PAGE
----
This is where we are, today.
All this arises from our perception. Or, as I mentioned before, the lack thereof. And it all stems from false ideas about inanimate objects, the supposedly mute subjects of God.
Now instead, what if a human sat without distraction by a river? What might she find? If she sat long enough, she might find that it has a will, and a voice; that it is far from inanimate. If she’s really still, she might even find that it has a personality.
Listening, she might find that it has a message for her own life. Going away inspired, she would now know God as one of not only Life, but of a Love that courses through all things as surely as blood courses through her own body. She might find a relationship between her sacred feminine body and that of the moon and the tides. Maybe all the other planets would take on new meanings as well. She might see her place as part of, not separate from, the Universe. In short, that she is never alone, and always held.
And you can bet your life that she would want to protect that river.
More than that, she would wonder, wouldn’t she, what else speaks? Looking within, she might wonder what in the hell has been so important in her life that she wasn’t able to hear the voices of the stones? Or the trees? Or the grasses? Or the wolves?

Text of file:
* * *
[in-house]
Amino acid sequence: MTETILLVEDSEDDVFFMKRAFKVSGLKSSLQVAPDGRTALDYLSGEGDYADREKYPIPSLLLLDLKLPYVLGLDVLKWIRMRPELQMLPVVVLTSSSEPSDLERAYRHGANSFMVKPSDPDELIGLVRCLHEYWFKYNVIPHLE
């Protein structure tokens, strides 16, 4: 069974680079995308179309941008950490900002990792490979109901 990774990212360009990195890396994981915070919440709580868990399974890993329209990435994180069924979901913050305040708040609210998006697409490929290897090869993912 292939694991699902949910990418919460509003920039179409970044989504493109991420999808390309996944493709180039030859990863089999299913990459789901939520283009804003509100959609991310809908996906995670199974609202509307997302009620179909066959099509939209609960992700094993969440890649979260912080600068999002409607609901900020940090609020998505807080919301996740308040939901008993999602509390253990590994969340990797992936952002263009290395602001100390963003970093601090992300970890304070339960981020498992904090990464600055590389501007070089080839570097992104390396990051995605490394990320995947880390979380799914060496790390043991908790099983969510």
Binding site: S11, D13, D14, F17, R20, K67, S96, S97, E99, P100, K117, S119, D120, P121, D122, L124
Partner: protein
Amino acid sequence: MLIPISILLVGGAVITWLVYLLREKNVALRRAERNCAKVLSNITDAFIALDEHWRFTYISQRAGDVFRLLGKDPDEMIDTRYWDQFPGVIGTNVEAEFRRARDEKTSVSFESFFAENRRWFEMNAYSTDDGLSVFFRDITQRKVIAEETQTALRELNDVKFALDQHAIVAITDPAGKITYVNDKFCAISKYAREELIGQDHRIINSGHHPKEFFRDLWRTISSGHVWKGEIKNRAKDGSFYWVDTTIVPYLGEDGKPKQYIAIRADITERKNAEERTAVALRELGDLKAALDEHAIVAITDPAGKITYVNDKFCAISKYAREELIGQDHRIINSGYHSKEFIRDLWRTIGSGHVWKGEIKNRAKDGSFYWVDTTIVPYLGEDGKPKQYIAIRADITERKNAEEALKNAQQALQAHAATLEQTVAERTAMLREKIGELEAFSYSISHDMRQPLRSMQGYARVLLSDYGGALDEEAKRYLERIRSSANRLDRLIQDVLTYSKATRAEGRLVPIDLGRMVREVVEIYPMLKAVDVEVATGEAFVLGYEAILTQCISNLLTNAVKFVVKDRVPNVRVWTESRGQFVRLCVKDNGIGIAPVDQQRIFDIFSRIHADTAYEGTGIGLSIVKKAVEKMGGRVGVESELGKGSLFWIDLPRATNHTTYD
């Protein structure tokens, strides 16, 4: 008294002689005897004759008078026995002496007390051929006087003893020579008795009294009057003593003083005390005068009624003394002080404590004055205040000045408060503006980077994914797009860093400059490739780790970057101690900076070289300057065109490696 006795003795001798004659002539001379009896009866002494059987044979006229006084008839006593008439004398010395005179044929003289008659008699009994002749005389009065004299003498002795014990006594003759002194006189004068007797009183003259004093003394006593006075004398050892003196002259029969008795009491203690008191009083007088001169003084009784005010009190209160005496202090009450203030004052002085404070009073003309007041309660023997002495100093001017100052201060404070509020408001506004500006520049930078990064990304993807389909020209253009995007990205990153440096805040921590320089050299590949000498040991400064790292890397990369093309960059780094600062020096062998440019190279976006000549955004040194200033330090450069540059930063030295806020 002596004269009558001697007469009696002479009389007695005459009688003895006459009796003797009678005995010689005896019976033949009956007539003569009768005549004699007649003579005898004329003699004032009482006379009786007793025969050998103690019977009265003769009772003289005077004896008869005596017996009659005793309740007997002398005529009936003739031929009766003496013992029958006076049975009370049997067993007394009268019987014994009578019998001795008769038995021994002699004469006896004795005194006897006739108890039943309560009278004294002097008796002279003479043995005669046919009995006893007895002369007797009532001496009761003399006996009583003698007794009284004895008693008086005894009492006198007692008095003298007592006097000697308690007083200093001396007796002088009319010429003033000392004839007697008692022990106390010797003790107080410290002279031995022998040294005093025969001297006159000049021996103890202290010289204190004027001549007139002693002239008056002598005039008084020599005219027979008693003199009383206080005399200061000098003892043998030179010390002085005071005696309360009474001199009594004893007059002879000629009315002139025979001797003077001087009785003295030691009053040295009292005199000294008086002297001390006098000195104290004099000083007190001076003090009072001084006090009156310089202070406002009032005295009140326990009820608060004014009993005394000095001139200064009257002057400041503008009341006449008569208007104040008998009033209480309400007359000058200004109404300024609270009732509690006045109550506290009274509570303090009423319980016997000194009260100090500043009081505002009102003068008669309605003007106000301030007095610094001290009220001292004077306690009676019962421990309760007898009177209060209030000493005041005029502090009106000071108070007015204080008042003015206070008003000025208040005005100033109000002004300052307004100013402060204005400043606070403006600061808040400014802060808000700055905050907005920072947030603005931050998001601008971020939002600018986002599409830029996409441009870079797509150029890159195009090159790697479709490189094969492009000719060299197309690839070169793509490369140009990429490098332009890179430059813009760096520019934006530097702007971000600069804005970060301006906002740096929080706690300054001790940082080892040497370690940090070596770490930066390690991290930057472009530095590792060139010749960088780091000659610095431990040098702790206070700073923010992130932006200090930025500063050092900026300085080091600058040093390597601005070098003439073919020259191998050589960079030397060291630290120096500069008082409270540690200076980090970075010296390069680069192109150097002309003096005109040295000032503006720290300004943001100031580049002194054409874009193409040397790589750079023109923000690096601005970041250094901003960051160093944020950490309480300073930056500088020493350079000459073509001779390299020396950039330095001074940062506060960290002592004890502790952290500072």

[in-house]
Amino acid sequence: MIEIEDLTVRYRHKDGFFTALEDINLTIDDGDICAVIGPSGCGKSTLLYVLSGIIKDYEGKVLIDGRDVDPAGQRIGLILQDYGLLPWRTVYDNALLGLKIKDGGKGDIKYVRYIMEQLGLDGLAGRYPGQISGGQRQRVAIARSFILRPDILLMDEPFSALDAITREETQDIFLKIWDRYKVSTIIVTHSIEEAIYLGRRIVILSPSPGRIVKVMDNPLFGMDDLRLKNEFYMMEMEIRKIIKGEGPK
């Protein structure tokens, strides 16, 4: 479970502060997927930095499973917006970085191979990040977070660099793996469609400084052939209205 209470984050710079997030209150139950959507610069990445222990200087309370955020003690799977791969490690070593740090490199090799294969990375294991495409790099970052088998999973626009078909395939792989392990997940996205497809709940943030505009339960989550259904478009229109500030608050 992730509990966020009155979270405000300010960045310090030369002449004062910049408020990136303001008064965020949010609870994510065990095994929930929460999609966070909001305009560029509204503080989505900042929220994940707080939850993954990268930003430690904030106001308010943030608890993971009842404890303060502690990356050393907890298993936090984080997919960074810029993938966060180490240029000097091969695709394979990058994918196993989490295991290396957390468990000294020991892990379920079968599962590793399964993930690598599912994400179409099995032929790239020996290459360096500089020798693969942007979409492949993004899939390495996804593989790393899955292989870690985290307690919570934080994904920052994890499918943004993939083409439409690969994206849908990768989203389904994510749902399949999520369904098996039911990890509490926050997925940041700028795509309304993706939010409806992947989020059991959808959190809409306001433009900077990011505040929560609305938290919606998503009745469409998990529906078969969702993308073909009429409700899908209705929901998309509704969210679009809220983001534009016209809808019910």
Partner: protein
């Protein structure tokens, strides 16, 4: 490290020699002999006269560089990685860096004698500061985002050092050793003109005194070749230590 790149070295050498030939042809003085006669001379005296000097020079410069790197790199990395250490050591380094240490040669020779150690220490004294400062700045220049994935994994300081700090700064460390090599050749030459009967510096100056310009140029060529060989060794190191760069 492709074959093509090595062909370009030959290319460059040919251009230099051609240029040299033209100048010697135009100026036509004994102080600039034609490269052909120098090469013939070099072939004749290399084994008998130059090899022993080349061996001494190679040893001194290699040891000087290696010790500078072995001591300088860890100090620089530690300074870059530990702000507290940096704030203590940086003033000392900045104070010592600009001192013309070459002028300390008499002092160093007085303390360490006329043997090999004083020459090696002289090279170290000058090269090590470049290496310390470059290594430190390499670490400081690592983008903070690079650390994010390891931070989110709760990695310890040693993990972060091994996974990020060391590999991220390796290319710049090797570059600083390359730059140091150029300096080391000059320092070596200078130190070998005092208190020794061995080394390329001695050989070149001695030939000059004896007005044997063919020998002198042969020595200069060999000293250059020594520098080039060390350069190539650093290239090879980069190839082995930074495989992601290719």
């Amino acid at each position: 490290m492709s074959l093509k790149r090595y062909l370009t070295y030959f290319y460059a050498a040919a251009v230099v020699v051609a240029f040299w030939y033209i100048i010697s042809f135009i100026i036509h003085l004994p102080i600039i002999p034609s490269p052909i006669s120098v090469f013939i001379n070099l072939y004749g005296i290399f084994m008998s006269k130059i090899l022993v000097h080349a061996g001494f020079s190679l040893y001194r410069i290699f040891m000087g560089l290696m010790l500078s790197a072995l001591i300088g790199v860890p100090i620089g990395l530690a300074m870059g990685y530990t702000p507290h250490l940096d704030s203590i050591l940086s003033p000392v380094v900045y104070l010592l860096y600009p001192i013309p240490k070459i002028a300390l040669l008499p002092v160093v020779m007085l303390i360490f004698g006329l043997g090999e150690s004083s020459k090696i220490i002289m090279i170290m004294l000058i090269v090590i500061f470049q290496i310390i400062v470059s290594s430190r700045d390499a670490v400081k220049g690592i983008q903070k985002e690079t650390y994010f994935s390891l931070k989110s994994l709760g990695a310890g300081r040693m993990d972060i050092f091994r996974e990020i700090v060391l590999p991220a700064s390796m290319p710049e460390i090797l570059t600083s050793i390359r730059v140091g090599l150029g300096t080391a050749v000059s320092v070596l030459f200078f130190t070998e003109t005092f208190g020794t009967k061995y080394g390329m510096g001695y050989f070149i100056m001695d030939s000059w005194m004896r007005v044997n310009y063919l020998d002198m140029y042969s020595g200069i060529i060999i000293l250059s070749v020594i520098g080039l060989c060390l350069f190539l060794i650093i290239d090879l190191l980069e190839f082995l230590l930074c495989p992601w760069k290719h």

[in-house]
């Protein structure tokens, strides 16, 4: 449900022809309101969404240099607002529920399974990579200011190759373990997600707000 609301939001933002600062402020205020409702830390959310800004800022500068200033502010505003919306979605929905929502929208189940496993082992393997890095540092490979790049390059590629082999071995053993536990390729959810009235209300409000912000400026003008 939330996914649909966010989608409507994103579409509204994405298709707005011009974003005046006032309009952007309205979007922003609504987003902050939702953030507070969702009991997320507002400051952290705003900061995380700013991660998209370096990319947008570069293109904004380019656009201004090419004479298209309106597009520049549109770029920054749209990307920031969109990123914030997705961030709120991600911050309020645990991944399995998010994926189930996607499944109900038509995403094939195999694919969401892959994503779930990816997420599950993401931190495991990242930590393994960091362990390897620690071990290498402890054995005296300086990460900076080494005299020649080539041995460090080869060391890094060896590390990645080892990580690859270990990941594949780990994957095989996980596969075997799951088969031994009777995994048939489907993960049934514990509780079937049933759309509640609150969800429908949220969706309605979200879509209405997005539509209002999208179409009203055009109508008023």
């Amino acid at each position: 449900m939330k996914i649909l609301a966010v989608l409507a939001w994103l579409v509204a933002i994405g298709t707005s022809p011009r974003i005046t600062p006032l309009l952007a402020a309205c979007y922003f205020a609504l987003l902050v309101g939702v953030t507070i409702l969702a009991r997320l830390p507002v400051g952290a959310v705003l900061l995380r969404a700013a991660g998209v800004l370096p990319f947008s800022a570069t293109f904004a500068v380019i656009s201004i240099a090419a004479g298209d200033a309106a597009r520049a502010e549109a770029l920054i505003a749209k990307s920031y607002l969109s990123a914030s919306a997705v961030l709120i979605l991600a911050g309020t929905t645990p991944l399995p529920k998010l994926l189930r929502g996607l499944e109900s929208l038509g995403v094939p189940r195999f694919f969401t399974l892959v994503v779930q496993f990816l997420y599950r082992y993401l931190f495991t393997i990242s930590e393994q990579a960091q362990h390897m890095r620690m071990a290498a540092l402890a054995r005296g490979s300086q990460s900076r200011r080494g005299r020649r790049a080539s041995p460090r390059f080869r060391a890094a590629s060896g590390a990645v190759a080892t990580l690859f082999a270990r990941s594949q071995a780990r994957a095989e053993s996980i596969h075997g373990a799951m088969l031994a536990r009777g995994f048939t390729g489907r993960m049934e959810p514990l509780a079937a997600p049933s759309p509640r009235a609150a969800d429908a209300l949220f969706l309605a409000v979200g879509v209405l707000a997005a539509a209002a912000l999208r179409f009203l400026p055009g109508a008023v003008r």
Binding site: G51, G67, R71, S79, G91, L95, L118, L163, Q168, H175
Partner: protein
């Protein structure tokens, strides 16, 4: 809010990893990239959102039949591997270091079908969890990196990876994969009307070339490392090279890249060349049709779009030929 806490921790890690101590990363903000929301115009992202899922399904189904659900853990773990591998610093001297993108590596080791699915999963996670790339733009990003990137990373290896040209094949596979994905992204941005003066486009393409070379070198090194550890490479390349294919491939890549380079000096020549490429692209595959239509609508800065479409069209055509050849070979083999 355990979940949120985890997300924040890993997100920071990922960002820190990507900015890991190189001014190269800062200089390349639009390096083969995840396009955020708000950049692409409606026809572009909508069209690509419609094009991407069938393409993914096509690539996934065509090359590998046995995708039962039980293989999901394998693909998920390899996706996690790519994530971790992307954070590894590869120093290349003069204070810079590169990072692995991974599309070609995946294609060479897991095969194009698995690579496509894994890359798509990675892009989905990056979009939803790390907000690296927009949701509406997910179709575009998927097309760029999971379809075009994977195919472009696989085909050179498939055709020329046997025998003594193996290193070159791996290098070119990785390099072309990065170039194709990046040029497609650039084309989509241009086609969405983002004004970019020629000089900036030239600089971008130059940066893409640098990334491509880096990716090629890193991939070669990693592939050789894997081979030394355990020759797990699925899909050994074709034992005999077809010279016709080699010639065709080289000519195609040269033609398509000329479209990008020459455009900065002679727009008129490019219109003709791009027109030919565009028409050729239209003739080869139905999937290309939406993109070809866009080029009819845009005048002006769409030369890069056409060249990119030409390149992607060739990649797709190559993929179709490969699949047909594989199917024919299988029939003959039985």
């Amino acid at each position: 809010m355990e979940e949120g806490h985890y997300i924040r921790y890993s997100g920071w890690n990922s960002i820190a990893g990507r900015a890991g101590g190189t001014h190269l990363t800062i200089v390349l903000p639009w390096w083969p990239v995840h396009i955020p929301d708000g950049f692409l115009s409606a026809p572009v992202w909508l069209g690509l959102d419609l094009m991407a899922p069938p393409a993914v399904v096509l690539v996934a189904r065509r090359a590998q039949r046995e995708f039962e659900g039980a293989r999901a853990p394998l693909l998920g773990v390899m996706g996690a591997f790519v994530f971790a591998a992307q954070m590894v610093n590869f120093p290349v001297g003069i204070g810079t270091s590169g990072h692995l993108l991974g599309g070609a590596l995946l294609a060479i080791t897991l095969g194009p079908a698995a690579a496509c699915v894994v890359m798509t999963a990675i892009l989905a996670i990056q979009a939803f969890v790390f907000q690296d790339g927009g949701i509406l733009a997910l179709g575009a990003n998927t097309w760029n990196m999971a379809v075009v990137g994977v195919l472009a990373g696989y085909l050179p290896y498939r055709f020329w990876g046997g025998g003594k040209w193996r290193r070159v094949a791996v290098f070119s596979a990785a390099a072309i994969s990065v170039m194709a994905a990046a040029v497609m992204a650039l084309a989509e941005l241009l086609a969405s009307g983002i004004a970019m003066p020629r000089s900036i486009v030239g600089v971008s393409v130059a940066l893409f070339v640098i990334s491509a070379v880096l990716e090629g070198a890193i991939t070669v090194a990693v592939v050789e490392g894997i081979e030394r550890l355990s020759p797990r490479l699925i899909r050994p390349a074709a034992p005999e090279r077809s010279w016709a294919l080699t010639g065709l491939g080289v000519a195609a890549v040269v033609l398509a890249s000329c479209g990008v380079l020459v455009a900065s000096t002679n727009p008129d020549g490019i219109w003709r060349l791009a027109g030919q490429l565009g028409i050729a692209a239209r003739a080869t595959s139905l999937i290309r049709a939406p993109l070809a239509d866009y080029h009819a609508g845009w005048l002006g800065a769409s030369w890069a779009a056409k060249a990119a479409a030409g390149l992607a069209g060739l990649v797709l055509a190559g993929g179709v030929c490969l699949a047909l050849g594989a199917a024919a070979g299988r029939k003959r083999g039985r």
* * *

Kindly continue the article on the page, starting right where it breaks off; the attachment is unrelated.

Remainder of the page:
She might then learn to become truly still, in increasing ways. When she became stuck, she would seek community and teachers. She might do some research and find that people once heard the voices of the mountains and learn their ways.
Discovering her soul, this woman might be prepared to bring these gifts to others. Or not. She might be content to continue to simply work in a cubicle – but it would be the brightest damned cubicle you ever saw because she was in it; the center of a flower in a field of soil.
All because she knows, this woman, that God doesn’t create dead things.
Her God, who she now knows from the stories of the river and the stones and the planets and the grasses and the wolves and from personal experience, creates only life.
May it be so for you, and for me, and for all humanity.
(photographer unknown - reshot.com)